“Isle of Dogs” (2018) Drama/Comedy/Animated Running Time: 99 minutes Written & directed by: Wes Anderson Featuring: Bryan Cranston, Edward Norton, Bill Murray, Jeff Goldblum, Bob Balaban, Greta Gerwig, Frances McDormand, Courtney B. Vance, Fisher Stevens, Harvey Keitel, Liev Schreiber, Scarlett Johansson, Tilda Swinton, F. Murray Abraham, Frank Wood, Kunichi Nomura and Yoko Ono Chief: “Don’t ask me to fetch that stick.” Any time a new Wes Anderson film is released it really is a period of joy […]
“Isle of Dogs” (2018)
Running Time: 99 minutes
Written & directed by: Wes Anderson
Featuring: Bryan Cranston, Edward Norton, Bill Murray, Jeff Goldblum, Bob Balaban, Greta Gerwig, Frances McDormand, Courtney B. Vance, Fisher Stevens, Harvey Keitel, Liev Schreiber, Scarlett Johansson, Tilda Swinton, F. Murray Abraham, Frank Wood, Kunichi Nomura and Yoko Ono
Chief: “Don’t ask me to fetch that stick.”
Any time a new Wes Anderson film is released it really is a period of joy for lovers of cinema, he is a singular voice that operates seemingly independently always creating something new and original only ever working with top talents who hope to be a part of something truly unique, special as well as eye catching, saying something about not only the human condition but where we are as a species, so it is just like him to use ‘man’s best friend’ as not only a visual queue but also metaphor as well as allegory. “Isle of Dogs” (2018) comes four years after what might be Anderson’s masterpiece “The Grand Budapest Hotel” (2014) which was not only a box office and critical success but was nominated for nine Oscars, eventually winning four, so it makes sense that he would pivot, turning to something that would not only be a little shocking but challenge audiences into actually wondering what they are seeing in his latest movie. This is Anderson’s second animated/stop motion film after the wonderful Road Dahl adaption “Fantastic Mr. Fox” (2009) but that film is as different from this current one as chalk and cheese which actually works in its favour as well as separating it from any of Anderson’s earlier work, this is a challenge unlike any other the director has ever created. In terms of the look as well as the story this movie really is unlike many movies before it with not only an original story but with the animals of the story not looking sympathetic or ‘friendly’, in fact there is a reality present not seen in many live action movies which is a juxtaposition to other Anderson movies as well as any other 2018 release.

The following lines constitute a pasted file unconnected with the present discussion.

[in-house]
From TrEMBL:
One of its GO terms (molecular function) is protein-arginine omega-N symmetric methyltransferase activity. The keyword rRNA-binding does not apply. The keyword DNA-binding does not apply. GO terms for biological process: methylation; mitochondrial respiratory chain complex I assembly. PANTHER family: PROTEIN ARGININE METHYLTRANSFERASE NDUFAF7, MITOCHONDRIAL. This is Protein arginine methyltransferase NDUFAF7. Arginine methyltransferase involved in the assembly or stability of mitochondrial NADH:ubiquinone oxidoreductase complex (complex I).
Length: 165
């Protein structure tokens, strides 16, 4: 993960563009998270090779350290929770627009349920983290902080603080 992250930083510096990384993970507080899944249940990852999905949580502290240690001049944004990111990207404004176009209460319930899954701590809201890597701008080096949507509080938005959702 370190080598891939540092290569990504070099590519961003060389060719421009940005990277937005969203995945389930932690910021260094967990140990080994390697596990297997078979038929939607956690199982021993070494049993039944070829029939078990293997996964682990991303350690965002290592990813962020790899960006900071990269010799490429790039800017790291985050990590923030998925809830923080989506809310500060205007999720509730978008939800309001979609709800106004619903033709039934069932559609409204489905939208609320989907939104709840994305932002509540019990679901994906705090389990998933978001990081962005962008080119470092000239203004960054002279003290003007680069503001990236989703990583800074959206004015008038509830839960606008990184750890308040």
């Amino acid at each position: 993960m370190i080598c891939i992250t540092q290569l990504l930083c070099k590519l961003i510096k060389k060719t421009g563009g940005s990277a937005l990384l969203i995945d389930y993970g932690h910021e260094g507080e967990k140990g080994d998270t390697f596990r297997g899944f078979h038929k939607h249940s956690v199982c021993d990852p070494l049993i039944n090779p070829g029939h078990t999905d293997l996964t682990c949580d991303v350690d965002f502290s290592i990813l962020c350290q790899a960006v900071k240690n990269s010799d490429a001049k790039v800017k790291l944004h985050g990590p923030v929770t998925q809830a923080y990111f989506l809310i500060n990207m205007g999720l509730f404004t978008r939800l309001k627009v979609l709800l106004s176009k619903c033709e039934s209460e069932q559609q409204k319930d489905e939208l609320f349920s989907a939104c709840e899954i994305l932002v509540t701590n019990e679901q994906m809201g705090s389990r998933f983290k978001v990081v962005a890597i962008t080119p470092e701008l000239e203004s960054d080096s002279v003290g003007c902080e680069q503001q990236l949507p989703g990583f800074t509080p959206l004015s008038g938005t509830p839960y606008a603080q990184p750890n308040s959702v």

As with all of Wes Anderson films the key ingredient is Anderson himself who is the driving force behind each of his wonderfully independent as well as lush looking movies. His entire oeuvre is filled with films that are about kinship of one form or another dating back to his debut in “Bottle Rocket” (1996) although many of them, because they were co-written by other collaborators, were possibly watered down versions with not a complete vision, it may also explain why it has taken a long time for him to complete his films. With his last two efforts we are seeing what a great writer looks like especially when his visuals are so right for his stories. In terms of “Isle of Dogs” what Anderson has created is almost an anti Dsiney movie with the dogs not only drawn in a very particular way but also there is little to feel actual sympathy for as I believe is the the directors intent.
“Isle of Dogs” is set in a dystopian near-future Japan, an influenza virus spreads throughout the canine population, with a risk of crossing to humans. The new, authoritarian mayor of Megasaki City, Kobayashi, signs a decree banishing all dogs to Trash Island, despite a scientist named Professor Watanabe insisting he is close to finding a cure for the dog flu. The first to be exiled is Spots, who belonged to Atari Kobayashi, the orphaned nephew and ward of the mayor.